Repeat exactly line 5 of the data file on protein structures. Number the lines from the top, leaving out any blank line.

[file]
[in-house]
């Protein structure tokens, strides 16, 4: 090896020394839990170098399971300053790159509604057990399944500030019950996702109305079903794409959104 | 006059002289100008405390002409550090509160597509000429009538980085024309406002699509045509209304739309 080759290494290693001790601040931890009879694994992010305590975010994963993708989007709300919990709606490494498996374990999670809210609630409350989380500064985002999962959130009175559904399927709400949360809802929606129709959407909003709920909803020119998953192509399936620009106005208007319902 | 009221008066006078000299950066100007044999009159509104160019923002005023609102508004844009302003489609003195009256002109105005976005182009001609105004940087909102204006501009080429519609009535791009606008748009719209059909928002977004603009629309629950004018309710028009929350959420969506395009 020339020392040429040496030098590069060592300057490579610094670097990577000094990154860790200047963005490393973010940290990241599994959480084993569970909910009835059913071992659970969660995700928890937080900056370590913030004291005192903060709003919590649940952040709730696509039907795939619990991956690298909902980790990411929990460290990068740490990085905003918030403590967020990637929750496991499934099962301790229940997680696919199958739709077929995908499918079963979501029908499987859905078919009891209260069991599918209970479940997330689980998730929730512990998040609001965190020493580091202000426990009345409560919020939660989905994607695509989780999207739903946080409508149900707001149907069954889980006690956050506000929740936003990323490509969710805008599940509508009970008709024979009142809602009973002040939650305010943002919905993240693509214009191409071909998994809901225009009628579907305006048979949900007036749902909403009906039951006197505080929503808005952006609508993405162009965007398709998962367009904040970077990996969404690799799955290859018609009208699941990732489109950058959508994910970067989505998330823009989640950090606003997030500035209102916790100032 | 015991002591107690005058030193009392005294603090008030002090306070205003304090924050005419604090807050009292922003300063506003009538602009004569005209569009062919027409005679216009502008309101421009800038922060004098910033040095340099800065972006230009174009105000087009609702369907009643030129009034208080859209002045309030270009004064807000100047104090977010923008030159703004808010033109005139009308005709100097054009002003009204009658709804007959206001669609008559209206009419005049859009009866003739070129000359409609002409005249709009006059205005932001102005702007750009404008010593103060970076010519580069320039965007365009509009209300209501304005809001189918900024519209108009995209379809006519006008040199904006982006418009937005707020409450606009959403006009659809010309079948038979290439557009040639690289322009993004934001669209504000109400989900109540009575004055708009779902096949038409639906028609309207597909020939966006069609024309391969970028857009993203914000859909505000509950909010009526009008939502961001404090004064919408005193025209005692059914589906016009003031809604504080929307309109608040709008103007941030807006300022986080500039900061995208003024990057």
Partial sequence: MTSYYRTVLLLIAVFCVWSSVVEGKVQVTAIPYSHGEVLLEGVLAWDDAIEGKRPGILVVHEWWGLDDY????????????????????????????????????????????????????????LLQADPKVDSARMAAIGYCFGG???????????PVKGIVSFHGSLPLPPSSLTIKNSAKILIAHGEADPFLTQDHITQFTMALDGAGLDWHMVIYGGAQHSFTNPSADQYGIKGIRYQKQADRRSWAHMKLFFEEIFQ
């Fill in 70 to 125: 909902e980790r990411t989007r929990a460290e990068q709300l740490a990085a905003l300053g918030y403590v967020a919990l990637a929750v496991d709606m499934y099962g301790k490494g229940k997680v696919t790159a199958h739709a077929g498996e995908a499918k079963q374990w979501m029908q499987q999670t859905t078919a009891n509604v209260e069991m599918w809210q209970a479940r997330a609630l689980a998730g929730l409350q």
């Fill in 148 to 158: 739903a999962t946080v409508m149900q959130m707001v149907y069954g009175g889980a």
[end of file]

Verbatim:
């Fill in 148 to 158: 739903a999962t946080v409508m149900q959130m707001v149907y069954g009175g889980a």